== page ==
After more than 30 years living in the shadows, Gina Haspel emerged drained of color.
The longtime CIA operative and President Trump’s nominee to head the agency appeared in front of the Senate Intelligence Committee on Wednesday morning dressed in a cement-colored jacket and — as acting director — in control over what memorable parts of her history to keep classified.
“I welcome the opportunity to introduce myself to the American people for the first time,” she said in a flat accent that belied her Kentucky roots. “I think you will find me to be a typical middle-class American.”
This was a new experience not just for Haspel, but also for everyone else involved: a public hearing about a woman whose story is not for public consumption; a “typical middle-class American” except for covert information exchanges on “dark, moonless nights,” clandestine meetings in “dusty back allies of Third World capitals” and, reportedly, overseeing the torture of a terrorism suspect.
Haspel didn’t want to elaborate on any of this.
“Anything about my classified assignment history throughout my 33 years we can talk about in this afternoon’s classified session,” she said when Sen. Dianne Feinstein (D-Calif) asked whether she oversaw the waterboarding of a terrorism suspect. “There are very good reasons for those classification guidelines.”
And who, exactly, is responsible for making those guidelines?
“Well,” said Haspel, who is technically in charge of the rules, “I have chosen to follow the guidelines that exist.”
Anything else about the way the CIA chooses to classify things would presumably be — well — classified.
“This is probably the most difficult hearing in more than two decades that I have ever sat on,” an exasperated Feinstein said.
On the Republican side of the aisle, things didn’t seem all that difficult. Committee Chairman Richard Burr (N.C.) spoke for most of his colleagues when he said: “Gina, I have reviewed your record closely. . . . You are without a doubt the most qualified person the president could choose to lead the CIA and the most prepared nominee in the 70-year history of the agency. You have acted morally, ethically and legally over a distinguished 30-year career.”
Haspel came highly recommended by a large cast of the intelligence community, including the former director of national intelligence, James R. Clapper Jr., and former CIA director John Brennan, two vocal critics of Trump. She was introduced by Democrat Evan Bayh, the former senator from Indiana, to showcase her bipartisan support.
She mentioned that she’d been in the CIA since 1985, when she became an operations officer in the Clandestine Service. She served in “distant posts” and the “capital of a major U.S. ally.” She served seven tours in the field, including four as chief of station.
But for Democrats looking for details, getting a straightforward answer from Haspel was like interrogating vapor.
Haspel — who has worked as a spy, grilling suspects out of view — was mostly able to glide past the attention-loving senators questioning her.
Haspel pledged that if she were to be confirmed she would not restart the CIA’s enhanced interrogation program. But whether she thinks the program was immoral in retrospect, she wouldn’t say.
“Can you please answer the question?” Sen. Kamala D. Harris (D-Calif.) asked pointedly.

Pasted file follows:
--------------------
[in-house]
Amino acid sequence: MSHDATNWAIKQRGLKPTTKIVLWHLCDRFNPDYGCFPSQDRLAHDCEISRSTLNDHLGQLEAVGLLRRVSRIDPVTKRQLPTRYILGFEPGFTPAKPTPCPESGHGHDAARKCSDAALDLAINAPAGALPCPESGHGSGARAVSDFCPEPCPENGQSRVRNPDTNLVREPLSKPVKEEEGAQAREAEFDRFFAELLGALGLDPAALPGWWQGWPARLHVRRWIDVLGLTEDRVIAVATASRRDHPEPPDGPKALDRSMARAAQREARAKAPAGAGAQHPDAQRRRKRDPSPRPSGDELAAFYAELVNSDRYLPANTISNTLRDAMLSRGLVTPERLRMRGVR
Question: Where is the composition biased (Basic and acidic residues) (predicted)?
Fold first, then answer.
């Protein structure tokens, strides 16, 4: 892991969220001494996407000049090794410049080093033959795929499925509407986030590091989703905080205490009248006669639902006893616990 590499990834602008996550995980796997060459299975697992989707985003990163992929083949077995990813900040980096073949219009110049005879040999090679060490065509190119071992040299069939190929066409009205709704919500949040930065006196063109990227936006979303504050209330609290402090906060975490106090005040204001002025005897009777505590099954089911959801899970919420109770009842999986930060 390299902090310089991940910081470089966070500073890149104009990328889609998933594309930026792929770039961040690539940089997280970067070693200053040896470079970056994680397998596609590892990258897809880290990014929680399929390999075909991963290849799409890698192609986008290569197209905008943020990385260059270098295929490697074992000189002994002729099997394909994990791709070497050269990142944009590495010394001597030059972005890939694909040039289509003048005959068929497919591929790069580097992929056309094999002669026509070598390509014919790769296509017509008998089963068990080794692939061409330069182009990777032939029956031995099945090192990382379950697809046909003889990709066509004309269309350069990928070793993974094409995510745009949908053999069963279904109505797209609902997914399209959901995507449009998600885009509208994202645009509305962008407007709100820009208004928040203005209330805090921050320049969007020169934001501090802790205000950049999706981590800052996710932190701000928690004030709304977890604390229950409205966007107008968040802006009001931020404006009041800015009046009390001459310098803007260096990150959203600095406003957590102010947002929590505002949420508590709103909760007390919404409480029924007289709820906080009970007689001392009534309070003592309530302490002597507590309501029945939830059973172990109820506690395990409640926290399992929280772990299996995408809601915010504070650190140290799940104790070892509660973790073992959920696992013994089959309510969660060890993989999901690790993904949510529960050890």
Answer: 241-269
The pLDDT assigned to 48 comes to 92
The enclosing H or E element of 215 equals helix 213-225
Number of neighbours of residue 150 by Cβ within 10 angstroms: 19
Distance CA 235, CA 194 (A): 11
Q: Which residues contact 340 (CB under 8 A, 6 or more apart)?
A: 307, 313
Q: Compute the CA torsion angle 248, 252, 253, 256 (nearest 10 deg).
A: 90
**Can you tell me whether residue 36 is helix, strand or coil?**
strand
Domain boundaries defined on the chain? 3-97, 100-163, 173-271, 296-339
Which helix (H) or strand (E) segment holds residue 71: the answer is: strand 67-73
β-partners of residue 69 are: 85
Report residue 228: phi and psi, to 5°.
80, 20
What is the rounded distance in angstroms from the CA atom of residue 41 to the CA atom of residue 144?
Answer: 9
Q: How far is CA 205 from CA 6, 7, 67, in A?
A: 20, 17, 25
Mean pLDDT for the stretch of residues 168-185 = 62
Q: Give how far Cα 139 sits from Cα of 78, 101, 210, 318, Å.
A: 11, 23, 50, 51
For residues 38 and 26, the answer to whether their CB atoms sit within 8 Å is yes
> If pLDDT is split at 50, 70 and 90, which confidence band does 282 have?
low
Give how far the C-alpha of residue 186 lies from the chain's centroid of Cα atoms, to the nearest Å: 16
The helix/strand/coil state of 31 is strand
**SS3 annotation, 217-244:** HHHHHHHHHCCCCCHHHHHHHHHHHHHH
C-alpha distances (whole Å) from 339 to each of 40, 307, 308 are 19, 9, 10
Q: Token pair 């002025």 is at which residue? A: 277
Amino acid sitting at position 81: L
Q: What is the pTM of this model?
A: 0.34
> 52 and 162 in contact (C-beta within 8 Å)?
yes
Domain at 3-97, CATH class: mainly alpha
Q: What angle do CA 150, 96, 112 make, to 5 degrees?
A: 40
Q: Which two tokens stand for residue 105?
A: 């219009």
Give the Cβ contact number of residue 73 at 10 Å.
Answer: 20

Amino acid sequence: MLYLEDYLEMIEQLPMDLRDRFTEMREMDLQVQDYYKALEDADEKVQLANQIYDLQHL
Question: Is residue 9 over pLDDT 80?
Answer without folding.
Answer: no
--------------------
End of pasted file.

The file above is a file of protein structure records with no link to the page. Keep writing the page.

“Senator, I think I’ve answered,” Haspel said.
Harris: “No you have not. Do you believe the previous techniques now armed with hindsight, do you believe they were immoral? Yes or no?”
Haspel: “Senator, I believe that we should hold ourselves to the moral standard outlined in the Army field manual.”
Even on the matter of whether torture had been effective, Haspel dissembled, at one point answering, “I don’t think torture works,” only to later add that it was impossible to know whether interrogation techniques played a role in gathering valuable information from al-Qaeda operatives.
One group of people who were not surprised by Haspel’s deft verbal evasion: the peace activists who showed up early to the hearing to get a seat. They expected the hearing to be nothing more than political theater.
“There’s a reason why we almost always have civilians come in to head the CIA,” said Bill Tighe, a member of the antiwar group Code Pink, who had arrived at 6 a.m. in his Guantanamo-orange jumpsuit. “It’s the only way the public can hear them answer questions instead of just saying things are classified.”
(Tighe wouldn’t hear any of the answers, anyway: He was arrested for disturbing the hearing before Haspel arrived).
“It’s a crime that she would even be considered,” said Ray McGovern, a former CIA analyst who runs a group called Veteran Intelligence Professionals for Sanity. “I almost feel like there should be an exorcism in there.”
(McGovern was exorcised from the hearing by Capitol Police after demanding answers about waterboarding).
Dozens of spectators filled the room — a pastor, a researcher from Amnesty International, students on summer break looking for a unique tourist experience — but the careful question-and-answer session lacked the circuslike atmosphere of, say, a James B. Comey hearing. And in the end, most people left with little more understanding of the woman they came to see.
“This could set a horrendous precedent, a secret confirmation process,” said Sen. Ron Wyden (D-Ore.). “I believe if Americans could see what I have read, what is classified, they would tell their senator they have no choice but to turn down the nominee.”